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Supporting research for longevity and well-being – University of Reading

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Supporting research for longevity and well-being

Release Date 07 March 2005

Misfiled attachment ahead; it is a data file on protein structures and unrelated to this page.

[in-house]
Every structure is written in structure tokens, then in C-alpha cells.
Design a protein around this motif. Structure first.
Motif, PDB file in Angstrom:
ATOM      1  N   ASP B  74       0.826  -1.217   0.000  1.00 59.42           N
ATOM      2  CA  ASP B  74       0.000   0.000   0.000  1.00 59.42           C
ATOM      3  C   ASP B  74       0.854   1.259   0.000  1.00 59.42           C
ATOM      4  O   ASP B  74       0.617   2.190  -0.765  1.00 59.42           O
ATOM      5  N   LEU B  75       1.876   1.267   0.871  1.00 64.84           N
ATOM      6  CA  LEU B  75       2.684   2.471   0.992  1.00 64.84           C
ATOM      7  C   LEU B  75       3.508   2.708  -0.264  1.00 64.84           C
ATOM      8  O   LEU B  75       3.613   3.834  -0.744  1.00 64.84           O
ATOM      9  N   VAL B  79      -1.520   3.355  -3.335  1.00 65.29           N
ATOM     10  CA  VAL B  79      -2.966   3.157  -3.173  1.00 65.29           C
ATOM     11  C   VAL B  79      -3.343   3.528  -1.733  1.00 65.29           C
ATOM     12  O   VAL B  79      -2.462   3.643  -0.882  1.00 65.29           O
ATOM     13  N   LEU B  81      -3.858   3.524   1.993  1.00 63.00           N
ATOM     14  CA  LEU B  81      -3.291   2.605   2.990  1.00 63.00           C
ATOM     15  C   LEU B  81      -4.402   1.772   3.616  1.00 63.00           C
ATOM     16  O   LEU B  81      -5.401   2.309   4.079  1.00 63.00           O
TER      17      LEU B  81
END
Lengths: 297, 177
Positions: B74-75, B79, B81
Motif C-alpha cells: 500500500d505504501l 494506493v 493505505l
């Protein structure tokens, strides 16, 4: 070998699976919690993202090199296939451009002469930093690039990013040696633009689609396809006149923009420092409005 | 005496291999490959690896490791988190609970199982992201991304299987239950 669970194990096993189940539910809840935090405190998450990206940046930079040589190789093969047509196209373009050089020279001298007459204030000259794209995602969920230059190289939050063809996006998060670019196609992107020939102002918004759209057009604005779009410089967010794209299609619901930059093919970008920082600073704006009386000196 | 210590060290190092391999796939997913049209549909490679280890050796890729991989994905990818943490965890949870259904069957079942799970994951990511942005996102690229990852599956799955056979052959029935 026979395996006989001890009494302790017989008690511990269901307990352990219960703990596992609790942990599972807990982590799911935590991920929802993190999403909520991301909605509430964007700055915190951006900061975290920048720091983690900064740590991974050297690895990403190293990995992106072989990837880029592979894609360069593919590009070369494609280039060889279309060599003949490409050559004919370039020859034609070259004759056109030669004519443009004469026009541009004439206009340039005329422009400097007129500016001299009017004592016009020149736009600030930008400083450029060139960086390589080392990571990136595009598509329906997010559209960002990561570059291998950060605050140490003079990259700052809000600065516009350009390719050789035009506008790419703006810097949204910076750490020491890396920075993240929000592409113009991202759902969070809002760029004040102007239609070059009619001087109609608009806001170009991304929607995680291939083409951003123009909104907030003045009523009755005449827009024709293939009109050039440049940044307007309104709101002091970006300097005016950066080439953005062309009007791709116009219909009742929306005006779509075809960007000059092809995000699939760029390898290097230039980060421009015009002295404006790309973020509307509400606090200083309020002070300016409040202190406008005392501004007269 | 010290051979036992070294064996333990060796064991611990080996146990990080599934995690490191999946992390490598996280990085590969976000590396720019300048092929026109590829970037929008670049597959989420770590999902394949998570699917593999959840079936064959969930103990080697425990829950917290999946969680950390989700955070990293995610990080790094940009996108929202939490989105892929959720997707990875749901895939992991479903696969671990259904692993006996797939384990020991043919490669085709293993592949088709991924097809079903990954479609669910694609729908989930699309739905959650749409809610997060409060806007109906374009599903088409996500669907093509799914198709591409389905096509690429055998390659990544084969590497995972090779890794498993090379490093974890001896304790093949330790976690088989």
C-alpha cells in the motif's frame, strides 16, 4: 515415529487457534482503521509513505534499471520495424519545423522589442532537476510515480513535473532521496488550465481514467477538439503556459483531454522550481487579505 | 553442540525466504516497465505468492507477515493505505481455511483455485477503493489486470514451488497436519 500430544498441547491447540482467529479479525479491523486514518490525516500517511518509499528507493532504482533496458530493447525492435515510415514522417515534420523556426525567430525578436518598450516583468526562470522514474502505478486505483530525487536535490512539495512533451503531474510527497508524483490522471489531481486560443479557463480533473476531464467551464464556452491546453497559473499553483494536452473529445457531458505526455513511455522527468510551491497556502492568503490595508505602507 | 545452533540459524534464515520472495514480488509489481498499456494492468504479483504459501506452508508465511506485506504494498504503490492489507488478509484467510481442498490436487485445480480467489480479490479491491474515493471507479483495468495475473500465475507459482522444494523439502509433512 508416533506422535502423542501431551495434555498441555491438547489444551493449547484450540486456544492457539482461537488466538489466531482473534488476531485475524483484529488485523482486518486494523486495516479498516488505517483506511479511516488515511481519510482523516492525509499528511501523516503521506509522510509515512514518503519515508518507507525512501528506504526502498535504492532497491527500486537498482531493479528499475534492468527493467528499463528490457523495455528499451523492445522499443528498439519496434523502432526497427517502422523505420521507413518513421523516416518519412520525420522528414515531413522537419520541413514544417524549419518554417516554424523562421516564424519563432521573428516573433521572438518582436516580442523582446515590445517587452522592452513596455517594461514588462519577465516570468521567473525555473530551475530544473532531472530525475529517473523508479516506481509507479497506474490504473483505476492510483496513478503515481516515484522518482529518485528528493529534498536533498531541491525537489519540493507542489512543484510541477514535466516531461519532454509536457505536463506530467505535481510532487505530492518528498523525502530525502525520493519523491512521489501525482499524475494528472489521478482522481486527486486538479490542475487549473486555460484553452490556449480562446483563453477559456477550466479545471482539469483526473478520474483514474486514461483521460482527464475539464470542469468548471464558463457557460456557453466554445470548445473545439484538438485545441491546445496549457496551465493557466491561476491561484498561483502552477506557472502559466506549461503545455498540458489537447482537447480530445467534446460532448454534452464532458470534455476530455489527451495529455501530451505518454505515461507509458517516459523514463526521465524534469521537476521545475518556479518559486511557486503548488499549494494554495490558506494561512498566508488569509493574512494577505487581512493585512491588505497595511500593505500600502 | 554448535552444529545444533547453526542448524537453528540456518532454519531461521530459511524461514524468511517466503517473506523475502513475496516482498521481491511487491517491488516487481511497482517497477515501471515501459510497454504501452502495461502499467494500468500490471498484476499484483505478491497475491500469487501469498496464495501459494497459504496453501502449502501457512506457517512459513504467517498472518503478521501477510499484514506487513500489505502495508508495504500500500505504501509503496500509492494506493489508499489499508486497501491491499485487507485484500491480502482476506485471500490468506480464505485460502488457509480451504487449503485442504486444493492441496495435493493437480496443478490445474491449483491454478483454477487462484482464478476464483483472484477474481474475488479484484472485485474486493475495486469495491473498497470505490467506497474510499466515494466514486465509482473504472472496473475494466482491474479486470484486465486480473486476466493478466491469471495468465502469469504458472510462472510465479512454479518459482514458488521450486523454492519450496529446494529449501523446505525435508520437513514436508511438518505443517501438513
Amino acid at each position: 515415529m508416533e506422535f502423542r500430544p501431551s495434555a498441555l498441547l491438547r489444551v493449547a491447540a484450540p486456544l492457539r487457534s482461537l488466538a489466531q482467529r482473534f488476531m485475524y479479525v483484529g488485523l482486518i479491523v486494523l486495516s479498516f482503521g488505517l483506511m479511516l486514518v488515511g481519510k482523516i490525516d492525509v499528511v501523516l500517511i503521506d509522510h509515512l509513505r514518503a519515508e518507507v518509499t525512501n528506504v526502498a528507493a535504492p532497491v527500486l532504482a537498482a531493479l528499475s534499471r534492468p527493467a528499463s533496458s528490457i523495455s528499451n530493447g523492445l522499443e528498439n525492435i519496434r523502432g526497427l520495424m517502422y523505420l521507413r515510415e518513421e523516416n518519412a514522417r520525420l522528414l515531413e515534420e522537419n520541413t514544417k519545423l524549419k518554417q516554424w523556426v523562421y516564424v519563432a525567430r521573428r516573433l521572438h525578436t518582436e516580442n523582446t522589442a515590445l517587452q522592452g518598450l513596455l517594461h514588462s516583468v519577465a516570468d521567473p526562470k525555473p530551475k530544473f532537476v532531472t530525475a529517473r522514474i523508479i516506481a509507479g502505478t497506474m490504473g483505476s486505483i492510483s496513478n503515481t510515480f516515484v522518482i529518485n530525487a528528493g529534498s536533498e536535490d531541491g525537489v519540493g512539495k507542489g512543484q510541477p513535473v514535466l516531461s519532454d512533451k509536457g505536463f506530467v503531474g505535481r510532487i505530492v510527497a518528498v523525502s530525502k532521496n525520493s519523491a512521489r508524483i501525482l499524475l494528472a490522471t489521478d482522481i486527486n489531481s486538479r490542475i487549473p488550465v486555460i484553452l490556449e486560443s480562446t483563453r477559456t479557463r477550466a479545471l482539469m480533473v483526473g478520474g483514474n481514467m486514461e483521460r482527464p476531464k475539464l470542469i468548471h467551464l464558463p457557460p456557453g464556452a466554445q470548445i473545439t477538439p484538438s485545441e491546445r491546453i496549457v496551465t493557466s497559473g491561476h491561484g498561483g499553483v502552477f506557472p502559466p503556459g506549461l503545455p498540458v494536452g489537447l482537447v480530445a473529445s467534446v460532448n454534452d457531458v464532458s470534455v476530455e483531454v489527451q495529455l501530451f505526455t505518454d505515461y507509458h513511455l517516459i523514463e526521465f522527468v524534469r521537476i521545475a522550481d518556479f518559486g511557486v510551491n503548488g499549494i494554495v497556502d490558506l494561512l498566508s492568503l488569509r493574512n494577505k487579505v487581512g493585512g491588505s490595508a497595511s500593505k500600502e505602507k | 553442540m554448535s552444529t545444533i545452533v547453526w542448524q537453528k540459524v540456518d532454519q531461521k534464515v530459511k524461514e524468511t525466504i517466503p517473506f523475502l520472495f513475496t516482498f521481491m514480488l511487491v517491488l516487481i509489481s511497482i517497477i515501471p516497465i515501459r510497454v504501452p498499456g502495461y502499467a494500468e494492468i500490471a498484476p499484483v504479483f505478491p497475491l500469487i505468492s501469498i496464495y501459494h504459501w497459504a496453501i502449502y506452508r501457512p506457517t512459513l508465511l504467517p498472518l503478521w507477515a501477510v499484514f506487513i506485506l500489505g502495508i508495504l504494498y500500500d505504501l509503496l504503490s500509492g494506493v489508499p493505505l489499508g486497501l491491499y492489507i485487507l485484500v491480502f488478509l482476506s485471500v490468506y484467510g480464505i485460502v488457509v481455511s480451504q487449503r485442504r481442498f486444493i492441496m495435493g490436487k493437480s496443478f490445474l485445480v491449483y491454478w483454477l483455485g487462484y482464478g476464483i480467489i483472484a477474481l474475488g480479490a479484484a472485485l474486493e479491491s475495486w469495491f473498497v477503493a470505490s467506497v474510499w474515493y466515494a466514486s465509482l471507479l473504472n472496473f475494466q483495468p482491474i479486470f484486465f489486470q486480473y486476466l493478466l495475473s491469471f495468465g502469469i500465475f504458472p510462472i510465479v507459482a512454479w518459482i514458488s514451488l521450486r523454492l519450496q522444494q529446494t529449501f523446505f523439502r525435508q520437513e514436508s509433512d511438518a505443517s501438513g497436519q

an old persons handsA pioneering scheme run by the Universities of Reading and Brighton which will encourage more young researchers to take an interest in the needs of older people and an ageing population has been announced by the EPSRC and BBSRC. The programme SPARC – Strategic Promotion of Ageing Research Capacity – aims to attract new blood and thus build the capacity and capability for ageing research in the UK, benefiting current and future generations of older people. As part of SPARC, 30 awards worth more than £1,300,000 in total will be made available to support newcomers to ageing-related research in the fields of design, engineering and biology. Award holders will be supported by an extensive infrastructure of advice and will have many opportunities to promote their work. SPARC is led by Professor Peter Lansley, of the School of Construction Management and Engineering at the University of Reading, and Dr Richard Faragaher, from the School of Pharmacy and Biomolecular Sciences at the University of Brighton. Professor Lansley said: "SPARC has been developed in response to pressing concerns about the low priority accorded to ageing-related research at a national level. It will build on the highly successful EQUAL and ERA ageing research initiatives (1) and bring together the small but enthusiastic research communities who have worked closely with older people and those who provide services to them, such as charities, transport, housing, health and social services organisations and industry. "The overall aim is to create a research programme that really will make a difference to the lives of older people. "By bringing together engineering and biology we will be able to generate a more integrated perspective on many of those issues which are of vital concern to older people. For example, better design and engineering of the home and the environment, and better control of balance and perception, informed by biology research, will help to minimise the frequency of falls and their severity. When the worst happens and a bone breaks, biological research will contribute to combating the infections, and the return to independence will be assisted by novel technologies." As well as providing funding for new researchers, SPARC will organise national workshops on engineering and biology ageing-related research and will act as a vigorous advocate of the needs of older people and the contribution which research can make to meeting those needs. The first workshop was held at Brunel University on Thursday 24 February. A second workshop, 'Integrating Research on Ageing: bridging the gap between biology, engineering, design and older people', is being held at the University of Strathclyde on Wednesday 16 March. For further details, visit the website: http://www.sparc.ac.uk end Notes for editors 1. The EPSRC Extending Quality Life (EQUAL) Initiative and BBSRC Experimental Research on Ageing (ERA) Programme were established in the late 1990s to promote ageing-related research. They have funded nearly £10m of research in design, engineering and biology and have been very successful. 2. SPARC is a response from a committed research community backed by equally committed research users to ensure that ageing research is not neglected and that the UK retains and develops a unique approach to ageing research. For further information, see http://www.sparc.ac.uk 3. There is a particular need to attract more newcomers to the ageing research as there is insufficient capacity in the research base and many of the leading figures in ageing research are within sight of retirement. For media enquiries, please contact Craig Hillsley, the University of Reading press officer: Tel: 0118 378 7388 Email: c.hillsley@rdg.ac.uk

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